TEMPE, Ariz — As a roomful of NASA engineers stared at banks of digital data streaming in from deep space, a lone voice called out a persistent progress report.

“Seventeen meters, standing by for touchdown.” 

And then the moment they all breathed a collective sigh of relief, “…touchdown confirmed! InSight is on the surface of Mars!” 

Years before the hugs, high-fives and tears of success, InSight project managers put a call into Jonathan Hill and his team from the Mars Space Flight Facility at ASU. 

Hill and his colleagues operate an incredibly valuable and durable device known as THEMIS, or the Thermal Emission Imaging System.

InSight wanted a really smooth, really flat, kind of featureless landing site,” Hill said.  

Bottom line: Any trip to Mars goes through ASU first.

ASU's THEMIS camera is attached to the Mars Odyssey satellite which circles the red planet 12 times a day at about 200 miles above the Martian surface. It snaps high resolution thermal and visible light images.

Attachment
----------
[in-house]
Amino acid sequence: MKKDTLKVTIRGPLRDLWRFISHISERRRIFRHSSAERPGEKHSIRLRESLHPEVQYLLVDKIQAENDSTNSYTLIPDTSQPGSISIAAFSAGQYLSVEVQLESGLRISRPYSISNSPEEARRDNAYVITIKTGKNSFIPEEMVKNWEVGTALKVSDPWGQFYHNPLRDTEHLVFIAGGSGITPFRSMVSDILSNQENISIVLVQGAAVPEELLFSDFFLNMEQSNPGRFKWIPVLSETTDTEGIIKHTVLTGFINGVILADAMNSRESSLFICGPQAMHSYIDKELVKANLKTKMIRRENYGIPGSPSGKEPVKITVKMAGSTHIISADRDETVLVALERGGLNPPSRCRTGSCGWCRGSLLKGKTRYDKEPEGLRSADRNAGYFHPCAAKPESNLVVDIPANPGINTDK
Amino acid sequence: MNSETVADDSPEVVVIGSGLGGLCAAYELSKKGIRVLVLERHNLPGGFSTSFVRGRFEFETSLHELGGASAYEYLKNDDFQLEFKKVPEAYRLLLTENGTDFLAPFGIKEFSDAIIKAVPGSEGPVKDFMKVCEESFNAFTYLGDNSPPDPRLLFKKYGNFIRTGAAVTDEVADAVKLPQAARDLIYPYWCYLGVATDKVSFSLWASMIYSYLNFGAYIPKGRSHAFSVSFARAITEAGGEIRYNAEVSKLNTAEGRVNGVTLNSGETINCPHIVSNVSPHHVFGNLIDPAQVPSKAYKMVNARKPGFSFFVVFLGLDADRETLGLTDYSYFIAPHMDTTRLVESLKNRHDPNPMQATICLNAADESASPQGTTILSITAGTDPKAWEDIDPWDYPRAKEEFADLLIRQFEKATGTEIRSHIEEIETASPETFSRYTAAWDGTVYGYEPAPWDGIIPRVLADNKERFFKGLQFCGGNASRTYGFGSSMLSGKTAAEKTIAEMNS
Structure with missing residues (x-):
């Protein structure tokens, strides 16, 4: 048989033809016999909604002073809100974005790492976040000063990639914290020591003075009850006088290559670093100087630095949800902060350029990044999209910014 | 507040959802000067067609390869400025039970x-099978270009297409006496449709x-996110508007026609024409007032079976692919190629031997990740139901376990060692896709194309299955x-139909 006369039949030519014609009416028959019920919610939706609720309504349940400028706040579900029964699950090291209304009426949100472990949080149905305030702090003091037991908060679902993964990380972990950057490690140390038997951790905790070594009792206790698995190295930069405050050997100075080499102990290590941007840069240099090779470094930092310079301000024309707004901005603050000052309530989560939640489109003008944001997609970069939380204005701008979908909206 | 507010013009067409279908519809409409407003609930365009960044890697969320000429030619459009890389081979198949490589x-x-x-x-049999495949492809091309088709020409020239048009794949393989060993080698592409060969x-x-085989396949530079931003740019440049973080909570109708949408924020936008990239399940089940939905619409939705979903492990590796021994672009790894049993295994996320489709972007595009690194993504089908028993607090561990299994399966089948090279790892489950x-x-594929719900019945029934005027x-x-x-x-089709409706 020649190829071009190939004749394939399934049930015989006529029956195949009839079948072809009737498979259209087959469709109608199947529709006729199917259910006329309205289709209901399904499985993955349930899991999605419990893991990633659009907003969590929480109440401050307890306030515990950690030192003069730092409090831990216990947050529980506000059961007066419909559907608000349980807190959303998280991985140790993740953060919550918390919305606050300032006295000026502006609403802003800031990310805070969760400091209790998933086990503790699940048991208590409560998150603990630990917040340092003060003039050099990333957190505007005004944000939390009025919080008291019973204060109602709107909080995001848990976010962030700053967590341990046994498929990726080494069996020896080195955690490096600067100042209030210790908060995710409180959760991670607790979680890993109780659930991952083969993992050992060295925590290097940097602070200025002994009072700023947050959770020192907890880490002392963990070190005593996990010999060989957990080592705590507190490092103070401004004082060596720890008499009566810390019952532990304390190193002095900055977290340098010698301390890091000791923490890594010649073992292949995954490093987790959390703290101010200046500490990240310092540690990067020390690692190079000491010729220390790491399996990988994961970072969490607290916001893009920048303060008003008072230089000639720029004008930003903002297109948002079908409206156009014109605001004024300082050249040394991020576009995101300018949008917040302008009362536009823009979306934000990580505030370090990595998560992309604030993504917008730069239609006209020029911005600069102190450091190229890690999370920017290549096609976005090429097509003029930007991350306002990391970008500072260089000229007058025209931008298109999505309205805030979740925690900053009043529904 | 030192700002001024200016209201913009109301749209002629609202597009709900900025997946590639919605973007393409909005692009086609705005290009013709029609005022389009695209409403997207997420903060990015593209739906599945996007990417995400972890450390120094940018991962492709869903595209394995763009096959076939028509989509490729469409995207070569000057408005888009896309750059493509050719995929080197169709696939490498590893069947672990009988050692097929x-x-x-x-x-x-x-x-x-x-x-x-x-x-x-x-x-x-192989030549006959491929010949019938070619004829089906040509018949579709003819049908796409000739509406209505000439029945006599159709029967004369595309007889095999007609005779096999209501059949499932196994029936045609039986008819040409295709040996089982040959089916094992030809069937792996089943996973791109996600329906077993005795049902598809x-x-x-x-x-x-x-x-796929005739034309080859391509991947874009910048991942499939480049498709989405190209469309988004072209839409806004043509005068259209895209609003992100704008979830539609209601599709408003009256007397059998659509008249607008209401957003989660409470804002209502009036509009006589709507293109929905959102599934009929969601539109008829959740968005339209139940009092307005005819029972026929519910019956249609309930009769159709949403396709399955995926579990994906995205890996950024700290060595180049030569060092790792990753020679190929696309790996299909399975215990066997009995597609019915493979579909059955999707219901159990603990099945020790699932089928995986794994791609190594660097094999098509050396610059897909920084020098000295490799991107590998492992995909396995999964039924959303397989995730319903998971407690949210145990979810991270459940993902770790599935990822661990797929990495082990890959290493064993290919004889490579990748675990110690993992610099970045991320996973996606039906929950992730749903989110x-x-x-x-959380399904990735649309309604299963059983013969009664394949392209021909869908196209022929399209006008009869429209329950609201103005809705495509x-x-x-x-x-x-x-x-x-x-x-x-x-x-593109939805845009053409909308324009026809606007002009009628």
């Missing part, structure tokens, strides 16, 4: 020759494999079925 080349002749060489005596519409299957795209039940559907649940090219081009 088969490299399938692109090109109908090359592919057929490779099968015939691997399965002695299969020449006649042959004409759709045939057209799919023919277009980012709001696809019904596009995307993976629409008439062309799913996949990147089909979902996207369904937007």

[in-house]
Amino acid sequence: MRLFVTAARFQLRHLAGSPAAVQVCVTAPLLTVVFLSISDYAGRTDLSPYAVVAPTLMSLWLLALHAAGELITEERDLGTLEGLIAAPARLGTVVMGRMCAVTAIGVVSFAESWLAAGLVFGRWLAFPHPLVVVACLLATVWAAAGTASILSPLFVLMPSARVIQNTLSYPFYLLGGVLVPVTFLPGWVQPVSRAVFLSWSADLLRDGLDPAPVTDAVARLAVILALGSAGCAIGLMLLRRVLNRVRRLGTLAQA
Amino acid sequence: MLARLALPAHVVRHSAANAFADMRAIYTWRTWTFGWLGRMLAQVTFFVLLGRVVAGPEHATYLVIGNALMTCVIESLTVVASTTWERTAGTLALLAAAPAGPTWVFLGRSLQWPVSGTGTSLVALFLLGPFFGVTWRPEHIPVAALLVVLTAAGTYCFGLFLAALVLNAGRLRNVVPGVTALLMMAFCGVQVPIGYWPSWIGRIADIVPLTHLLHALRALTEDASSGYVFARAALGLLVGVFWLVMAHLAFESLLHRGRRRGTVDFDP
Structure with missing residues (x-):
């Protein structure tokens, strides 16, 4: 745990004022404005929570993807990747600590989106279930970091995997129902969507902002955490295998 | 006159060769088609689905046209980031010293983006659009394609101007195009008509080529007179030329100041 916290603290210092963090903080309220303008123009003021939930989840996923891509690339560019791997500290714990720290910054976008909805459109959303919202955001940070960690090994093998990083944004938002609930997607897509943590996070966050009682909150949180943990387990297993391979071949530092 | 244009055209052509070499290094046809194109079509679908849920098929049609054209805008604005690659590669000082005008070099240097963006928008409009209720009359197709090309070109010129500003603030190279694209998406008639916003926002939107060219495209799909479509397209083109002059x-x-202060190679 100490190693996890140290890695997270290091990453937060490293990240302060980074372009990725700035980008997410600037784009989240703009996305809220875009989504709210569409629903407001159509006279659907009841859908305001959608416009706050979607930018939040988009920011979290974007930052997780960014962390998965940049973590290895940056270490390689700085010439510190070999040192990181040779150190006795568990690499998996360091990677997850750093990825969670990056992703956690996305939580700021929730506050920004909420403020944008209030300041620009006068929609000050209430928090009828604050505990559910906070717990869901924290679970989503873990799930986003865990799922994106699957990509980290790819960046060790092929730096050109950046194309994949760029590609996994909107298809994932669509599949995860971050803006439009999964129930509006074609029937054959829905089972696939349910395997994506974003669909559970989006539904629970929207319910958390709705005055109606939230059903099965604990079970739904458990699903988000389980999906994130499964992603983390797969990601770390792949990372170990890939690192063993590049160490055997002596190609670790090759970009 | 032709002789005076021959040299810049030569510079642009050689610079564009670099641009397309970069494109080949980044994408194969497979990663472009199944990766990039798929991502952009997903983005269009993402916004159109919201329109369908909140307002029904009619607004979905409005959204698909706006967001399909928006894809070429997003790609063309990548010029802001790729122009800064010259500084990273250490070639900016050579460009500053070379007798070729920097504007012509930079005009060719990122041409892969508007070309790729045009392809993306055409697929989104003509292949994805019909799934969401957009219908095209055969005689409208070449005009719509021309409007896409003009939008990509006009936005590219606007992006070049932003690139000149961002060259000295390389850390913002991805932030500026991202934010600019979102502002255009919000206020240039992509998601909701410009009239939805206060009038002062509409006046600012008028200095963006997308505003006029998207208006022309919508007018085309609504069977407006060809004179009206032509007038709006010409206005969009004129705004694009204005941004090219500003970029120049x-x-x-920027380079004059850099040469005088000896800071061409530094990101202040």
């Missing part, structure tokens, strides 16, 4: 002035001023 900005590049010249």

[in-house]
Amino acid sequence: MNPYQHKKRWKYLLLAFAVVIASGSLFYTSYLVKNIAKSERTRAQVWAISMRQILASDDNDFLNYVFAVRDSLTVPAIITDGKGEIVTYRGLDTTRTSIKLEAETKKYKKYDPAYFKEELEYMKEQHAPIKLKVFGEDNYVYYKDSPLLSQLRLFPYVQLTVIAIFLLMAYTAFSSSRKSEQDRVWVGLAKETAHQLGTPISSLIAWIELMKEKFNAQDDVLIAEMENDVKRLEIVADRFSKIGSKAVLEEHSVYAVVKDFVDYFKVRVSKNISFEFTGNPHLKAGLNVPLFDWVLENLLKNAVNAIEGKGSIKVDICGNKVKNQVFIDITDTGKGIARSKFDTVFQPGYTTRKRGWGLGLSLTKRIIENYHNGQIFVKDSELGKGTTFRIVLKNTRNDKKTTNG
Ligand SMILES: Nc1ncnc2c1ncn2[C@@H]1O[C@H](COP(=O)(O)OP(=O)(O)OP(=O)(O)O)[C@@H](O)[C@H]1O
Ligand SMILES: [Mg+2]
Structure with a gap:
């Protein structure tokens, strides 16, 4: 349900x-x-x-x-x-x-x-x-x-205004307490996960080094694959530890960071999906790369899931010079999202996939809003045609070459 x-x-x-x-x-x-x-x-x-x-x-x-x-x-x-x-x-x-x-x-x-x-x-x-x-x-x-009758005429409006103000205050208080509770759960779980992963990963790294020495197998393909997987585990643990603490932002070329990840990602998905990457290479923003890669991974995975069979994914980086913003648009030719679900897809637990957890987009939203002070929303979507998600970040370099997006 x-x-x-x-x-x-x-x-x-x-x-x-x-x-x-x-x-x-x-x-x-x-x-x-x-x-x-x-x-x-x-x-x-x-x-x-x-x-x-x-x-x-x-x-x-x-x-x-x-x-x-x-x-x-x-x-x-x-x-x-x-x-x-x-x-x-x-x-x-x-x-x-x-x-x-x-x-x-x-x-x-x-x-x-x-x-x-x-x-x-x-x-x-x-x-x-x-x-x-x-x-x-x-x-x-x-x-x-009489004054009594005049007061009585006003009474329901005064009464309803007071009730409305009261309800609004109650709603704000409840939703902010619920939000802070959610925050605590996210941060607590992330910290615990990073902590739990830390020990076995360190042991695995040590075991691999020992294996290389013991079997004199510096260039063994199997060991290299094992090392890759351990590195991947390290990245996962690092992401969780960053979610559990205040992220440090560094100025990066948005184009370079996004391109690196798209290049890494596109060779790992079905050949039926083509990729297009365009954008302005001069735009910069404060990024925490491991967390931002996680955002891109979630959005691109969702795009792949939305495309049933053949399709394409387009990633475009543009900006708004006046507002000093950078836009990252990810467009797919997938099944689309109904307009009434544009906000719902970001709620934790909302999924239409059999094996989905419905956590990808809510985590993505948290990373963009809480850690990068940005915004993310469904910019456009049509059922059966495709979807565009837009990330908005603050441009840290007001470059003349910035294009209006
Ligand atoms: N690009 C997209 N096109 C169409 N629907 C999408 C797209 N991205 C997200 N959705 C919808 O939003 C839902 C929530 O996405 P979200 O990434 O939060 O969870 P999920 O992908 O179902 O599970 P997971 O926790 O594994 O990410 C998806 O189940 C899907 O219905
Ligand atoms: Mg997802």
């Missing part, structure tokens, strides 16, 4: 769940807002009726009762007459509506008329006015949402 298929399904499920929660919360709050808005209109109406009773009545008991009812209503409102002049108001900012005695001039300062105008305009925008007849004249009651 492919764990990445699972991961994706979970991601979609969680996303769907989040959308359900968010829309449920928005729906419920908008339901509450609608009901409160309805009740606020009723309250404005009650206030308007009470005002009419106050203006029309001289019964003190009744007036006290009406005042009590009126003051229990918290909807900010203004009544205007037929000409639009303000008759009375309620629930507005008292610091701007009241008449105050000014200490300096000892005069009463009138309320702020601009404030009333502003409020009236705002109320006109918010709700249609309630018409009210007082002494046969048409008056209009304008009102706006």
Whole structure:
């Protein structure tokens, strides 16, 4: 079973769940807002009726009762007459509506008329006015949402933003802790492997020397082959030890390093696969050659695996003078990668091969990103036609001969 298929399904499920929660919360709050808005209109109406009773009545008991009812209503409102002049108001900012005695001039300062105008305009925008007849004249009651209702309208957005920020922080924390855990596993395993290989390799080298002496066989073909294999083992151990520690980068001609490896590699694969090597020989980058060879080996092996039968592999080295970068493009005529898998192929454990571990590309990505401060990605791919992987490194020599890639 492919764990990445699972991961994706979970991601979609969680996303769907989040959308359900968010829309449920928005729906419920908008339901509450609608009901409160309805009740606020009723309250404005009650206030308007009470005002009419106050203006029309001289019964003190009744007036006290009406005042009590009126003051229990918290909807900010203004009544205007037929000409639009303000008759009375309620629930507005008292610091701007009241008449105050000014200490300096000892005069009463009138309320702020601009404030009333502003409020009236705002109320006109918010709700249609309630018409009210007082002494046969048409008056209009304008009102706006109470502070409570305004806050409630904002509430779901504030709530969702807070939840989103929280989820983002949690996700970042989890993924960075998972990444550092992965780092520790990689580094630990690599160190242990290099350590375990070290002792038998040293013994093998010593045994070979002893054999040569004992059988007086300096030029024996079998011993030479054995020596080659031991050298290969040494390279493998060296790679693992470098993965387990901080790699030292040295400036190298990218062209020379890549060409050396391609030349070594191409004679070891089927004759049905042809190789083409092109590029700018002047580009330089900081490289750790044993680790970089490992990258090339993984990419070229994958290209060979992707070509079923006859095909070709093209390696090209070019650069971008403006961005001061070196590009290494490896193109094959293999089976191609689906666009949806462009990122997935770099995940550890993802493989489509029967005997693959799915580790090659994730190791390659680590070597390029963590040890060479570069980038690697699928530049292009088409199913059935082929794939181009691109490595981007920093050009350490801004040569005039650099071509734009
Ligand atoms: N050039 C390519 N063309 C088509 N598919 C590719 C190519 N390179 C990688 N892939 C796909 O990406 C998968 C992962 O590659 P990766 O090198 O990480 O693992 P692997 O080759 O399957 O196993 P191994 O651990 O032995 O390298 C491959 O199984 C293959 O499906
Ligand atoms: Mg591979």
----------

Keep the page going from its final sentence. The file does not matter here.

Consequently, Hill and his team were able to provide NASA planners the best views in order to plan an always risky maneuver—landing on Earth’s celestial neighbor.

“They wanted to avoid areas with rocks--anything that could tip it over,” Hill cautioned.   “The lander only has three legs, so if one of them lands on a rock, it would be very easy for it to tip over,” he added.

The ASU team took about 100 images, stitched them together and produced a massive landing strip for the InSight Mars probe. 

“The landing site where it could land is 80 miles long and 20 miles wide,” he said.

Hill and his colleagues were beaming when he saw JPL mission control erupt with joy Monday afternoon.

“This is relief. It's down, it's talking to us, we can see the surface.  And as expected, it looks very flat,” Hill said.

Hill said that NASA is not completely done with the ASU THEMIS system on this particular mission.  THEMIS will be used to relay the first images from theInSight probe in the coming days.